Other text book don’t use images through out the whole book. The images not only make the reading more easier but, it also give the reader a interest to want to keep reading the material. History is a sensitive subject like religion and politics. So a lot of people don’t want to hear or read about history. They feel it wasn’t their era so why should they have to hear or read about it, or it’s not a part of their background so why should I care to learn or read from it. Nowadays, it’s a melting pot of all races of people so it’s interesting and necessary to learn about all cultures not just one. If you are a open minded person you would agree. I believe traveling to different places help you think outside the box. It help you to not only be exposed to your own heritage.
If more images were displayed in text maybe people would understand the material more better. Have a better attitude about the subject because the pictures draw you in. History is sometime hard to read and figure out. I think images can help people to be more drawn into learning and reading more about history.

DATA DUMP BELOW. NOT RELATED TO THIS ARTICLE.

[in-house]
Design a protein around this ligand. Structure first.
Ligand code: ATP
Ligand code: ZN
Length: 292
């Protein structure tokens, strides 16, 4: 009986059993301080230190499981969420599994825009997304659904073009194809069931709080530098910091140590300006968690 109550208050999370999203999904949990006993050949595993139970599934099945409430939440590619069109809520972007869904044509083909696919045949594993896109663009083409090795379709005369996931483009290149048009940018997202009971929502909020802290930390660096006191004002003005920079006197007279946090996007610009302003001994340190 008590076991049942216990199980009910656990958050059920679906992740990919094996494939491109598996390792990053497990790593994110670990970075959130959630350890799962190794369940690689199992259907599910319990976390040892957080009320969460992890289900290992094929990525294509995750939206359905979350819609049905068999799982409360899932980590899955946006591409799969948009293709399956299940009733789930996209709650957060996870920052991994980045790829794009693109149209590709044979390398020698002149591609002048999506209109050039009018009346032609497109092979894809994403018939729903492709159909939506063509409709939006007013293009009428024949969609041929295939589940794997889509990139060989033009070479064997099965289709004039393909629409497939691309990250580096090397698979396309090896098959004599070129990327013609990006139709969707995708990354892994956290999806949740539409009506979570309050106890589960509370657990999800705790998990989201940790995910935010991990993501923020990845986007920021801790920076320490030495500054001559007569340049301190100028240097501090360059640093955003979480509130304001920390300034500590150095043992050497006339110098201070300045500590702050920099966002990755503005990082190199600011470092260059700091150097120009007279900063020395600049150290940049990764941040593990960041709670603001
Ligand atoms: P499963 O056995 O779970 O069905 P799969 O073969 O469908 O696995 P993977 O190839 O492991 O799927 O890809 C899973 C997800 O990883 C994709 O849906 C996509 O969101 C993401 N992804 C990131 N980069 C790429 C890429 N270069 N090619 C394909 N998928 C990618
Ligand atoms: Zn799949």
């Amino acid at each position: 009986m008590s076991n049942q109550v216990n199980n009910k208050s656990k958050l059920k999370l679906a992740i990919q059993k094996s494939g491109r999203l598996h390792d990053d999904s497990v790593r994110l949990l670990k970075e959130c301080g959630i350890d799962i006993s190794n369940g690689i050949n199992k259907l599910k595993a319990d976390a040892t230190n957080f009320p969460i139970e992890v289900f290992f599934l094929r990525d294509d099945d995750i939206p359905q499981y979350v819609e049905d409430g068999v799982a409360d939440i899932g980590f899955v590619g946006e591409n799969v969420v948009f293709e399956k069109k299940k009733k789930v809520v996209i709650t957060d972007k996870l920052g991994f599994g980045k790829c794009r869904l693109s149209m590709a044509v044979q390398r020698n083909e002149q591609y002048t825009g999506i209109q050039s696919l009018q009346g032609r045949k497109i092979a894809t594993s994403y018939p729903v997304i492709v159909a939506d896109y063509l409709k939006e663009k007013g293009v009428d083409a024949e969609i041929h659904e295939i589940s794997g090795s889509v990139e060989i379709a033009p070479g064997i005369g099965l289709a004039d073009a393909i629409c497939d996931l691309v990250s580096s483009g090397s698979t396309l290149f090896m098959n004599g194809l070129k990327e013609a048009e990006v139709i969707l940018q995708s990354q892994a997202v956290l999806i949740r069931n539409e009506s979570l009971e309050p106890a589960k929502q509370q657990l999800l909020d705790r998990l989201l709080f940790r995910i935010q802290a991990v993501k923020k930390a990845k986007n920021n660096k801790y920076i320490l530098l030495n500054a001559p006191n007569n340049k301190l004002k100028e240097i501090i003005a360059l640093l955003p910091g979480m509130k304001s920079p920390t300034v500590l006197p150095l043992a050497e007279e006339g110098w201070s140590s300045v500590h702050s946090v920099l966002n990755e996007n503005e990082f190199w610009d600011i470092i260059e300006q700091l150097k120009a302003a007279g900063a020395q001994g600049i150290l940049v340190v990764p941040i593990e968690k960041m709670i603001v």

I have ready a few graphic narratives throughout my life, but they were all fictional stories that let you jump into a different world and escape reality. As I grew up I always thought of graphic narratives as funny, unrealistic works of literature that were meant to amuse people. My opinion of graphic narratives has drastically changed since reading Maus by Art Spiegelman.
After reading and seeing many awful things that happened during the holocaust it was nice to read a biography about a survivor in a different form than many others. When you go to a holocaust museum, read about it in a book, or see pictures online you can’t help but feel sick inside and feel for those who were treated in such a manner. The graphic narrative Maus i felt was able to tone down the gruesome appearances of the Jews, and violence that went on during the holocaust. Having the characters as animals instead of people i felt made it easier to look at the pictures rather than looking at a bunch of starved and mistreated humans. If during the graphic narrative all you saw were real people being treated in such a way it would probably make for a little bit of a tougher read, because it would be harder to look at some of the pictures. Especially when it has the picture of the boy being swung by his leg and slammed against the wall and blood being splattered. http://forbiddenplanet.co.uk/blog/wp-content/uploads/2013/01/maus-art-spiegelman.jpeg